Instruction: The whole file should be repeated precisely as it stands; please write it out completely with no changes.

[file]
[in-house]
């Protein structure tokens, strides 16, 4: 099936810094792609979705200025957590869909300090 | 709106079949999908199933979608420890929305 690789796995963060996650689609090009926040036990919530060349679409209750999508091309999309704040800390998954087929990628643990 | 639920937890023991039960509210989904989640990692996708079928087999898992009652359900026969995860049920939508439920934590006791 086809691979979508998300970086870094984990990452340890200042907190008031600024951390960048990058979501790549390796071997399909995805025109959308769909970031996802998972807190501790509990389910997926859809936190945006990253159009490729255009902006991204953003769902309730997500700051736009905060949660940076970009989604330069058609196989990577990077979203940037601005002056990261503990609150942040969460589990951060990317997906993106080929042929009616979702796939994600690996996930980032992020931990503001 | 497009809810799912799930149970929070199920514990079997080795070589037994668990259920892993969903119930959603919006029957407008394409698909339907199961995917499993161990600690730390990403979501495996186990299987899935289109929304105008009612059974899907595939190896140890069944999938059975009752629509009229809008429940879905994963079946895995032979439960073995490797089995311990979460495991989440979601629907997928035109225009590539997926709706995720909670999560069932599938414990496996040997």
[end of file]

[in-house]
């Protein structure tokens, strides 16, 4: 099936810094792609979705200025957590869909300090 | 709106079949999908199933979608420890929305 690789796995963060996650689609090009926040036990919530060349679409209750999508091309999309704040800390998954087929990628643990 | 639920937890023991039960509210989904989640990692996708079928087999898992009652359900026969995860049920939508439920934590006791 086809691979979508998300970086870094984990990452340890200042907190008031600024951390960048990058979501790549390796071997399909995805025109959308769909970031996802998972807190501790509990389910997926859809936190945006990253159009490729255009902006991204953003769902309730997500700051736009905060949660940076970009989604330069058609196989990577990077979203940037601005002056990261503990609150942040969460589990951060990317997906993106080929042929009616979702796939994600690996996930980032992020931990503001 | 497009809810799912799930149970929070199920514990079997080795070589037994668990259920892993969903119930959603919006029957407008394409698909339907199961995917499993161990600690730390990403979501495996186990299987899935289109929304105008009612059974899907595939190896140890069944999938059975009752629509009229809008429940879905994963079946895995032979439960073995490797089995311990979460495991989440979601629907997928035109225009590539997926709706995720909670999560069932599938414990496996040997």